From peaceful pro-democracy protests to desperate struggle to keep Hong Kong’s values alive, the struggle has come a long way from how it started.
When the 2014 peaceful pro-democracy Umbrella Movement was lauded the world over, Hong Kong’s citizens thought that there respectful and dignified dissent would achieve its cause. There was a wave of optimism and protested that a change was possible. But that movement failed. And the scheme of things has been on a downward spiral ever since.
Hong Kong’s pro-democracy protests have spiraled downhill from the
peaceful Umbrella Movement of 2014.
How the dissent has panned out in its present state started in 2016 when protesters and police engaged in violent clashes during the crackdown known as “Mong Kok fish ball riot.” That was followed by arrests, prosecutions and ejected several pro-democracy lawmakers from the legislature.
The Bill that spurred current protests
The current crop of protests started last month due to a new proposed bill that will allow extradition to China. The bill catalysed citizens from across the city and took the lid off angst brewing silently since 2014.
The current crop of protests started last month due to a new proposed bill that will allow extradition to China.
Thousands of citizens took to the streets for weeks, organized marches which led the bill to be withdrawn, albeit temporarily. Smaller number of protesters turned violent and gave rise to significant clashes with the police which resorted to tear gas and rubber bullets.
One such incident to disperse crowds on June 12 with the use of pellets and tear gas resulted in accusations of police brutality. This made the protests more intense and police headquarters was targeted by the extremist protesters.
The trajectory of the protest
But the long-drawn protests have resulted in a division between peaceful pro-democracy protesters and violent groups clashing with police and breaking infrastructure. The division was exemplified by peaceful pro-democracy protesters marching past the legislative HQ while a splinter group attempted to break in.
The angry protesters which are young Hong Kongers in masks, smashed windows, and forced inside the government building and then gave rise to further destruction, including the legislative chamber.
Chaos and Conviction
The peaceful protests turned chaotic and has somewhat lost the impact, although protesters have increased desperation, there is decreased conviction.
Several saddened and disapproving pro-democracy lawmakers who had tried to keep protesters from breaking into the building. But they were left unheard and intimidated by the protesters who blame them for their legislative failure in blocking the extradition bill.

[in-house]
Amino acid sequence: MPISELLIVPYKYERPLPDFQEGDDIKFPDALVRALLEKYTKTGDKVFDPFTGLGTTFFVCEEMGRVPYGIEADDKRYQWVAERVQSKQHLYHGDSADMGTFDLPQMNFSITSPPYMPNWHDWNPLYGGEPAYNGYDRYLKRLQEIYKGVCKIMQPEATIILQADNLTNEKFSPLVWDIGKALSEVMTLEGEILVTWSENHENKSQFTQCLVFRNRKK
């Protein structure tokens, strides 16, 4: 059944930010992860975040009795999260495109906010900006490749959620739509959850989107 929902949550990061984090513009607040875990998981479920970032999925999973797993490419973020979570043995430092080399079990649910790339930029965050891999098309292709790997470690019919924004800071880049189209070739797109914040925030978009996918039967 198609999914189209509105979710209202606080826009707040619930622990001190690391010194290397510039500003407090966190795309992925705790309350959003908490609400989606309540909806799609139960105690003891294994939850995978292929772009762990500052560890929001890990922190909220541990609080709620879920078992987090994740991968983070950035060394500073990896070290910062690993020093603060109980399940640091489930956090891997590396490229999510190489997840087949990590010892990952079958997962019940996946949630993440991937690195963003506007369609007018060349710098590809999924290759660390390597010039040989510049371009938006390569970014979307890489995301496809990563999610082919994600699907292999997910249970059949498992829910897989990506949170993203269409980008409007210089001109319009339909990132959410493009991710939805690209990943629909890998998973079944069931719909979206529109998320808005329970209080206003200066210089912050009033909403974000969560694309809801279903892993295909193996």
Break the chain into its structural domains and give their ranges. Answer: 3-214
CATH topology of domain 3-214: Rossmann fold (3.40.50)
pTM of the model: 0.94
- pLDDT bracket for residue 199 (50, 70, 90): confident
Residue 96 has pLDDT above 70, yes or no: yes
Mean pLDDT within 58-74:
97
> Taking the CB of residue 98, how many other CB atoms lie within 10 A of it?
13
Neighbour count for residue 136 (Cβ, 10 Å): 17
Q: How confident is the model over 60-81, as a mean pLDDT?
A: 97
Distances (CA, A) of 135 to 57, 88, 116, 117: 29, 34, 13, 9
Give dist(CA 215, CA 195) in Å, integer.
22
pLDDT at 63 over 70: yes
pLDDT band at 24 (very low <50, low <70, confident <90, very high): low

Hong Kong’s Chief Executive Carrie Lam has been in hiding and have refused to meet opposition lawmakers to resolve the issue.
The violence, several opine, is due to the “lack of positive response to the public” even after demonstrations have been in full swing for weeks. Hong Kong’s Chief Executive Carrie Lam has been in hiding and have refused to meet opposition lawmakers.
Suicides linked to the protests
Further fire to the disgruntled protesters was added by the news of three suicides, which have since been linked to the protests. The protesters have made these suicides martyrs. This spurred the protesters at the government headquarters, who were masked young citizens in late teens and early twenties.
There have been slogans flying saying “Hong Kong is not China yet”, “There are no rioters, only a tyranny” and “If we burn, you burn with us”.
There is a fear among Hong Kong citizens that their land is turning into a Chinese city. The protesters feel that time is running out to initiate reforms which ensures autonomy and freedom of Hong Kong before the handover from the 1997 British-China agreement that with make the city a part of mainland China in 2047.
The downhill Chinese sentiment
The young citizens of Hong Kong have been at the helm of protests. They do not share the pride in older generation which identifies with China and sees returning to Chinese rule a logical way forward. However, with the protests and anger, number of people pro-China is at a record low. Most young people identify as Hong Kongers rather than Chinese.
But being a youngster in Hong Kong in this day is not easy, which rising living costs and largely stagnant employment growth. This all has added up to become a generation which is protesting fearlessly and are ready to go down fighting for the cause of Hong Kong.
By: Chitresh Sehgal, Senior Editor, Dkoding Media